The code was published on the Internet "simultaneously" (is defined as "within 30 days")

the right to make adaptations and arrangements of y'dl code while not violating the copyright rules can't be taken away even in this case. Regardless that some US judges might disagree and blatainly would like to hinder its' publication online, it is not of our concern in Europe (well for democratic countries that is).

from wikipedia: a U.S. court "concluded that a work created outside of the United States, uploaded in Australia and owned by a company registered in Finland was nonetheless a U.S. work by virtue of its being published online". However other U.S. courts in similar situations have reached different conclusions

There were some discussions on HN that even a fork of y'dl now would be tainted in the eyes of US legal system because of the practices of using certain URLs from youtube. @6543 @lhinderberger @hw what are your thoughts on that? In my eyes it's a terrible blow to the digital freedoms on the Web and Internet at large. DMCA shouldn't affect the european legislature but the [the Bern convention](https://en.wikipedia.org/wiki/Berne_Convention_for_the_Protection_of_Literary_and_Artistic_Works#Applicability) still stands. The code was published on the Internet "simultaneously" (is defined as "within 30 days") **the right to make adaptations and arrangements** of y'dl code while not violating the copyright rules can't be taken away even in this case. Regardless that some US judges might disagree and blatainly would like to hinder its' publication online, it is not of our concern in Europe (well for democratic countries that is). > from wikipedia: a U.S. court "concluded that a work created outside of the United States, uploaded in Australia and owned by a company registered in Finland was nonetheless a U.S. work by virtue of its being published online". However other U.S. courts in similar situations have reached different conclusions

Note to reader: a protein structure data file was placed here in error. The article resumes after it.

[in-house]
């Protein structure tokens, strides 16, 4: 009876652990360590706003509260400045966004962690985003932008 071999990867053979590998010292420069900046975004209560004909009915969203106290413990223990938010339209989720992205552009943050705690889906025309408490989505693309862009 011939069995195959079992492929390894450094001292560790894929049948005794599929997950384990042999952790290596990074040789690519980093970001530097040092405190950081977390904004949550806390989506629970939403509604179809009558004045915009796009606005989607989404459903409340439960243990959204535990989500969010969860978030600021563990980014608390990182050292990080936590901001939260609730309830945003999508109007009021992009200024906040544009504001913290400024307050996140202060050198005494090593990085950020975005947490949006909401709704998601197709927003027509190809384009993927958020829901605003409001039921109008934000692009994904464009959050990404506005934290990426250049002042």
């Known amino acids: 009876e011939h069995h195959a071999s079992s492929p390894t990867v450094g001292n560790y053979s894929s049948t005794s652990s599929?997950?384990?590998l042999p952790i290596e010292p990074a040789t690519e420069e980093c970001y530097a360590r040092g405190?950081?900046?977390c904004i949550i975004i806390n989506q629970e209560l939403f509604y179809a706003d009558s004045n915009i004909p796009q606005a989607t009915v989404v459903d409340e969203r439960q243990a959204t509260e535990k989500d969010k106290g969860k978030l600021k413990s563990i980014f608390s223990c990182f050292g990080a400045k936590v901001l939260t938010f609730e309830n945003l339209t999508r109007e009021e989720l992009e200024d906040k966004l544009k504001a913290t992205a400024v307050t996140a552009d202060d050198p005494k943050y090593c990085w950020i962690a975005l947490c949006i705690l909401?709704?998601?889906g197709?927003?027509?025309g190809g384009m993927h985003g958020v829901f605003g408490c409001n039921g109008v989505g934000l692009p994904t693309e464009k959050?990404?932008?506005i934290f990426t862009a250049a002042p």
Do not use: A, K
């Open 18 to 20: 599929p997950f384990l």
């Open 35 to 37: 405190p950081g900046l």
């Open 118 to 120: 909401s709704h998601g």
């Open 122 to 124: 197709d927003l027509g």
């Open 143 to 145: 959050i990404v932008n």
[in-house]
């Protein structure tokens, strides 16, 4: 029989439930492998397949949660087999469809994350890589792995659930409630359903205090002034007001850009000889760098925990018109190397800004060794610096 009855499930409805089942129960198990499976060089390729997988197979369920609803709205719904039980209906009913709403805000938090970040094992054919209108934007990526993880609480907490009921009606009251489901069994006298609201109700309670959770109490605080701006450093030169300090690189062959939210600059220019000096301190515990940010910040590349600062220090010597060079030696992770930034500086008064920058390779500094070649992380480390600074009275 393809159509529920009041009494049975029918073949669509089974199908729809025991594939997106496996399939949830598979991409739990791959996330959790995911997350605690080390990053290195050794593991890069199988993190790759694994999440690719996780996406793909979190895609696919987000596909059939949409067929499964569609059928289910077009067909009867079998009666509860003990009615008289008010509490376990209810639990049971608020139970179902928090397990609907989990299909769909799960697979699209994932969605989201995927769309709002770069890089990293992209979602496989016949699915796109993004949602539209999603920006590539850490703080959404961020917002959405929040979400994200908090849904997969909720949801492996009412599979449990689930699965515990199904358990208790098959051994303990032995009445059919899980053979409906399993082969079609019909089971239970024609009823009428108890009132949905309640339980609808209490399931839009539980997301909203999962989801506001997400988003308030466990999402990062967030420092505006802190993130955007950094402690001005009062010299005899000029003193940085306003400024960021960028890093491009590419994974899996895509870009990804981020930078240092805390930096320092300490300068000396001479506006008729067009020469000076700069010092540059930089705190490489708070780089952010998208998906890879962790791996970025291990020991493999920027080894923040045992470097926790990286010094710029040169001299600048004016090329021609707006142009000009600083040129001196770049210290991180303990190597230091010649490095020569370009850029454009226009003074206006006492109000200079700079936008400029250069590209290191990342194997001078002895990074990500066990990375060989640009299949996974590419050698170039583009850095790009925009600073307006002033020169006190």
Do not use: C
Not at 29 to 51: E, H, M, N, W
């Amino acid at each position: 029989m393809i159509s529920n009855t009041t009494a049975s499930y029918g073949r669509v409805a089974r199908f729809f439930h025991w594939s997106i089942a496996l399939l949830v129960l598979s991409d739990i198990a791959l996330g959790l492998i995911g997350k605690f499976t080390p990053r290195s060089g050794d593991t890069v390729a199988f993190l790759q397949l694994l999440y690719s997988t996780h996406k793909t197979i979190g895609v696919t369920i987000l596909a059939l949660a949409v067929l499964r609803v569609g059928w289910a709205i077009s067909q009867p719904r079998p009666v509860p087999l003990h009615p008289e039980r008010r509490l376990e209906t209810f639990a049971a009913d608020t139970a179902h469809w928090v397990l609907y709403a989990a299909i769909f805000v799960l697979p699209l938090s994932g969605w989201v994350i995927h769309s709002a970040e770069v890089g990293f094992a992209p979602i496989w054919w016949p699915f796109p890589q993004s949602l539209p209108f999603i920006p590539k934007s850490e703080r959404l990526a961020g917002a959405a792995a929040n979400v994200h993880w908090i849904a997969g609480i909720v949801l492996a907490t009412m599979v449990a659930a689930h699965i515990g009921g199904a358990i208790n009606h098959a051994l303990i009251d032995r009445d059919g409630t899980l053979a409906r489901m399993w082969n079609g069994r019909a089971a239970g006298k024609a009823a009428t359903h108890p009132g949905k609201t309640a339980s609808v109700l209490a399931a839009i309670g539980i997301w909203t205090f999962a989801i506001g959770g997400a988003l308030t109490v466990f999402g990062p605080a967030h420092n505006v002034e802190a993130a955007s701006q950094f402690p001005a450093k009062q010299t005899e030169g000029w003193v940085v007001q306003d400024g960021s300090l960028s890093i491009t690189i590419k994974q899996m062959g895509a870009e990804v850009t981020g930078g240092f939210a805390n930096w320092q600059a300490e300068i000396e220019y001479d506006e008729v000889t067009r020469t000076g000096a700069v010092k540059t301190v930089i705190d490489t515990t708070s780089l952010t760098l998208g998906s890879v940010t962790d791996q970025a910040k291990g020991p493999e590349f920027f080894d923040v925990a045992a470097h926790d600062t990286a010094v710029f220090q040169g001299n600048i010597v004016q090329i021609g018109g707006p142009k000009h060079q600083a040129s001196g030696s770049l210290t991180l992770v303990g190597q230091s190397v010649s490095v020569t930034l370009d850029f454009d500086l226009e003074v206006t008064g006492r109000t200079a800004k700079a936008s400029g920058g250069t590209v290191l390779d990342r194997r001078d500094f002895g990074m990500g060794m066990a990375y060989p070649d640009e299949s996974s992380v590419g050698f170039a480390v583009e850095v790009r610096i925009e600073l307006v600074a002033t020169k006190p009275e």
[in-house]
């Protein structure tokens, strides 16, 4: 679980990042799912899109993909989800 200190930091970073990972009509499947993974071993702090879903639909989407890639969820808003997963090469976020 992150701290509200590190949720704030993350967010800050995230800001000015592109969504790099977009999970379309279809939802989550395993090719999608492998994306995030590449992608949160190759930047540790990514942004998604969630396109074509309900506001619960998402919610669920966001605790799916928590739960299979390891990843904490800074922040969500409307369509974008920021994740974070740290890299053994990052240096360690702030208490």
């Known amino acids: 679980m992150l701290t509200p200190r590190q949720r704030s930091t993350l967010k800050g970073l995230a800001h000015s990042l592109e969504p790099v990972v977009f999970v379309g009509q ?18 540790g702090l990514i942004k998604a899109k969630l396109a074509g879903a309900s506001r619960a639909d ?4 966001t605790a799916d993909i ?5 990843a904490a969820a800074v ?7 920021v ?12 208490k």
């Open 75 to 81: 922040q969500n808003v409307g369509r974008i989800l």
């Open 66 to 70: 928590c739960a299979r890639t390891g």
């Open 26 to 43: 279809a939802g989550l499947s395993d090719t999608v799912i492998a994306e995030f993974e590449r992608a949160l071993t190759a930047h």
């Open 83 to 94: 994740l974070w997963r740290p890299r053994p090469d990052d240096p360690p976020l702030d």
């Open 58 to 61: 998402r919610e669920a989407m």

Poster

DMCA shouldn't affect the european legislature

German law forbids circumvention of copy protection too (§95a UrhG).

@6543 @lhinderberger @hw what are your thoughts on that?

As stated above, my layman opinion is that it's probably not legal to host software circumventing YouTube's URL obfuscation, based upon that court decision I linked above.

It would be good though to have an official answer from @hw regarding the way we want to react to Youtube downloaders of any sort here on Codeberg.

> DMCA shouldn't affect the european legislature German law forbids circumvention of copy protection too (§95a UrhG). > @6543 @lhinderberger @hw what are your thoughts on that? As stated above, my layman opinion is that it's probably not legal to host software circumventing YouTube's URL obfuscation, based upon that court decision I linked above. It would be good though to have an official answer from @hw regarding the way we want to react to Youtube downloaders of any sort here on Codeberg.
ojn commented 1 month ago
Poster

Despite the name, this software is not just for youtube, but for many other video sites as well.
As far as I understood, they were using these "copy protection" url's for testing (not all of youtubes urls are that), removing such part fixes the issue. Then again, the name itself is probably international trademark violation so the potentiall fork should be called something else. I do agree that as it stands now it probably can't be hosted here, but the clean forks shouldn't be affected by DMCA or coming rulings in american federal court. That's just my opinion. Codeberg might need to do a legal consultation on this.

Despite the name, this software is not just for youtube, but for many other video sites as well. As far as I understood, they were using these "copy protection" url's for testing (not all of youtubes urls are that), removing such part fixes the issue. Then again, the name itself is probably international trademark violation so the potentiall fork should be called something else. I do agree that as it stands now it probably can't be hosted here, but the clean forks shouldn't be affected by DMCA or coming rulings in american federal court. That's just my opinion. Codeberg might need to do a legal consultation on this.